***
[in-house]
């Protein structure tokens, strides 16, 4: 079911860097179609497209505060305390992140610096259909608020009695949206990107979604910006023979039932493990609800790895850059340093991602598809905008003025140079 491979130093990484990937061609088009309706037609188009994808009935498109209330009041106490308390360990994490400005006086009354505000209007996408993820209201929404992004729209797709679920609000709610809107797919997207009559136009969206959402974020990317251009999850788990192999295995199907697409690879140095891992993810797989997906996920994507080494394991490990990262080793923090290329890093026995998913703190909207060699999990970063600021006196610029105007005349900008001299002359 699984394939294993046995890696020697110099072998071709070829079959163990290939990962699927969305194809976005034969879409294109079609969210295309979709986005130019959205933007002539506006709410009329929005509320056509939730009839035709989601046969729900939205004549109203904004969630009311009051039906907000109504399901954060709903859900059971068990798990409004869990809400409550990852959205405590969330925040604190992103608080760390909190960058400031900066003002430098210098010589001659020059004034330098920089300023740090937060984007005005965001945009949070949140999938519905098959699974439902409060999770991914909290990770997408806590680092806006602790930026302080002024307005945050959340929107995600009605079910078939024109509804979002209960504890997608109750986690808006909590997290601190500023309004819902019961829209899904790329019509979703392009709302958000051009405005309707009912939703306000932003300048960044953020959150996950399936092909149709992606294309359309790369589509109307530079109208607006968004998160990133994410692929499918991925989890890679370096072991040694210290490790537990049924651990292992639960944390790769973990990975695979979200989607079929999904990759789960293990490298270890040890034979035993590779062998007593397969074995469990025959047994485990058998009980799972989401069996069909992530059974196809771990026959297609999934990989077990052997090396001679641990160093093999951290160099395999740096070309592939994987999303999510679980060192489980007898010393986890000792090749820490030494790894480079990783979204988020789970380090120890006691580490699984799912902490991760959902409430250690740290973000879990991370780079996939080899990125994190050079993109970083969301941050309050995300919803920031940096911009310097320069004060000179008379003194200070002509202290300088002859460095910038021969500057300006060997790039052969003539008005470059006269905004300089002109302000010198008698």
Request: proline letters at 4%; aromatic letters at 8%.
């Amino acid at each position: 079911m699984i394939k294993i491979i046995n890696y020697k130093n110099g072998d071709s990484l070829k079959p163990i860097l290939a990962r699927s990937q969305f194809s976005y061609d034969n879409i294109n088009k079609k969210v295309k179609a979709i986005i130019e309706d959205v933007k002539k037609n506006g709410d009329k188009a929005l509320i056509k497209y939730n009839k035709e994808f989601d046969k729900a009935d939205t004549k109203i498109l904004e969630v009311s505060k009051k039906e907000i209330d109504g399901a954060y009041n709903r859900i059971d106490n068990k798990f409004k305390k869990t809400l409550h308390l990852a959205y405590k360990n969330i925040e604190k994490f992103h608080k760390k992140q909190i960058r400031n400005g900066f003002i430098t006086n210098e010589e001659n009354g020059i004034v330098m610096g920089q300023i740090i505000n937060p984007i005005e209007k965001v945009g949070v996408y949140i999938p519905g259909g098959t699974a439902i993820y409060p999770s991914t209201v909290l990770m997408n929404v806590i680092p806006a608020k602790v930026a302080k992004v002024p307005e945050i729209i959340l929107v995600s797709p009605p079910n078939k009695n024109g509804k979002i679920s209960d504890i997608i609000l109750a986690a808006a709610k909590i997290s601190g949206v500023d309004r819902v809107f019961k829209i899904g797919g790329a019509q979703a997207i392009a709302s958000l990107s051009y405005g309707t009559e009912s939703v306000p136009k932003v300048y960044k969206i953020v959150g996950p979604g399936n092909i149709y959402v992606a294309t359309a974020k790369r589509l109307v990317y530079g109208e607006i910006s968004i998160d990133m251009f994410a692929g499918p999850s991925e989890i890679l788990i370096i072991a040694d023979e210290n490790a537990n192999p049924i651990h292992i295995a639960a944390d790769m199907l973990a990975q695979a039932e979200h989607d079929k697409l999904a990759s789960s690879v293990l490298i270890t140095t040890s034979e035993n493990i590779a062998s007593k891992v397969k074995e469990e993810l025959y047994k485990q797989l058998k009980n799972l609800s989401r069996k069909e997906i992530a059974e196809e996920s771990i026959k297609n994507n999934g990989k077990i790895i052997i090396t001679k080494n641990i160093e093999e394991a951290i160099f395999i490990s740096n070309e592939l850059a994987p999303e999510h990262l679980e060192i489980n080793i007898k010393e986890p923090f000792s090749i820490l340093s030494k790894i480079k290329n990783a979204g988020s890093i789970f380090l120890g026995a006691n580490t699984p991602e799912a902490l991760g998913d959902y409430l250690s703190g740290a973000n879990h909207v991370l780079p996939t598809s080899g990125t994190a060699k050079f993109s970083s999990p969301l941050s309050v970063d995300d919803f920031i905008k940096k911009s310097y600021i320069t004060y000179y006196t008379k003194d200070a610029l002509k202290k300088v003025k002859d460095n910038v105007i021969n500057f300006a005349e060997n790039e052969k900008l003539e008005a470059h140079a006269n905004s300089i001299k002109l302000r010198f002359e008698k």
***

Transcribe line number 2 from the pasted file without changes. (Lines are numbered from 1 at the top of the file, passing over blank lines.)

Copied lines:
């Protein structure tokens, strides 16, 4: 079911860097179609497209505060305390992140610096259909608020009695949206990107979604910006023979039932493990609800790895850059340093991602598809905008003025140079 491979130093990484990937061609088009309706037609188009994808009935498109209330009041106490308390360990994490400005006086009354505000209007996408993820209201929404992004729209797709679920609000709610809107797919997207009559136009969206959402974020990317251009999850788990192999295995199907697409690879140095891992993810797989997906996920994507080494394991490990990262080793923090290329890093026995998913703190909207060699999990970063600021006196610029105007005349900008001299002359 699984394939294993046995890696020697110099072998071709070829079959163990290939990962699927969305194809976005034969879409294109079609969210295309979709986005130019959205933007002539506006709410009329929005509320056509939730009839035709989601046969729900939205004549109203904004969630009311009051039906907000109504399901954060709903859900059971068990798990409004869990809400409550990852959205405590969330925040604190992103608080760390909190960058400031900066003002430098210098010589001659020059004034330098920089300023740090937060984007005005965001945009949070949140999938519905098959699974439902409060999770991914909290990770997408806590680092806006602790930026302080002024307005945050959340929107995600009605079910078939024109509804979002209960504890997608109750986690808006909590997290601190500023309004819902019961829209899904790329019509979703392009709302958000051009405005309707009912939703306000932003300048960044953020959150996950399936092909149709992606294309359309790369589509109307530079109208607006968004998160990133994410692929499918991925989890890679370096072991040694210290490790537990049924651990292992639960944390790769973990990975695979979200989607079929999904990759789960293990490298270890040890034979035993590779062998007593397969074995469990025959047994485990058998009980799972989401069996069909992530059974196809771990026959297609999934990989077990052997090396001679641990160093093999951290160099395999740096070309592939994987999303999510679980060192489980007898010393986890000792090749820490030494790894480079990783979204988020789970380090120890006691580490699984799912902490991760959902409430250690740290973000879990991370780079996939080899990125994190050079993109970083969301941050309050995300919803920031940096911009310097320069004060000179008379003194200070002509202290300088002859460095910038021969500057300006060997790039052969003539008005470059006269905004300089002109302000010198008698």